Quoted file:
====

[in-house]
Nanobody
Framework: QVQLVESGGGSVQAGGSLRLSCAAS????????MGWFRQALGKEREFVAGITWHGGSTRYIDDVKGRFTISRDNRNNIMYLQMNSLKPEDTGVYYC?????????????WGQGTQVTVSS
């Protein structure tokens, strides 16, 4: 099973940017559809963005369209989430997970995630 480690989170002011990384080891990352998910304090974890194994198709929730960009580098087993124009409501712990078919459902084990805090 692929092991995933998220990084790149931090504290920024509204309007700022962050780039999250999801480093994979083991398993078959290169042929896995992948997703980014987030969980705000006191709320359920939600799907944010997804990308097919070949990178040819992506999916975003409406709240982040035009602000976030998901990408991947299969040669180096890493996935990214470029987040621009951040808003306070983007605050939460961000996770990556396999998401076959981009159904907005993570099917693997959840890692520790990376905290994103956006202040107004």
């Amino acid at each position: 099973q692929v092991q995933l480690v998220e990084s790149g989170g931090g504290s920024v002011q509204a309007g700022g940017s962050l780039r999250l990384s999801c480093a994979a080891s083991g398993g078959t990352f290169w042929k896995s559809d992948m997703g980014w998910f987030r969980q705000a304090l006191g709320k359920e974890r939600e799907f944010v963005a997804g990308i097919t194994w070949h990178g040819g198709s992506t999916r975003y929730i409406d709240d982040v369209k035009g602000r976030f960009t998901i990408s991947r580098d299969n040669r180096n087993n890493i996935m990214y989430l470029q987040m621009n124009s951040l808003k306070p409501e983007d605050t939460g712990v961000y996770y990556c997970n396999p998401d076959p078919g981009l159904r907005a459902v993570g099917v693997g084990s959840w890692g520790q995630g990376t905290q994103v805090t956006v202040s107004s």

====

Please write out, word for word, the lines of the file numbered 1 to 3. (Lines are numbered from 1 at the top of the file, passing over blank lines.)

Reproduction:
[in-house]
Nanobody
Framework: QVQLVESGGGSVQAGGSLRLSCAAS????????MGWFRQALGKEREFVAGITWHGGSTRYIDDVKGRFTISRDNRNNIMYLQMNSLKPEDTGVYYC?????????????WGQGTQVTVSS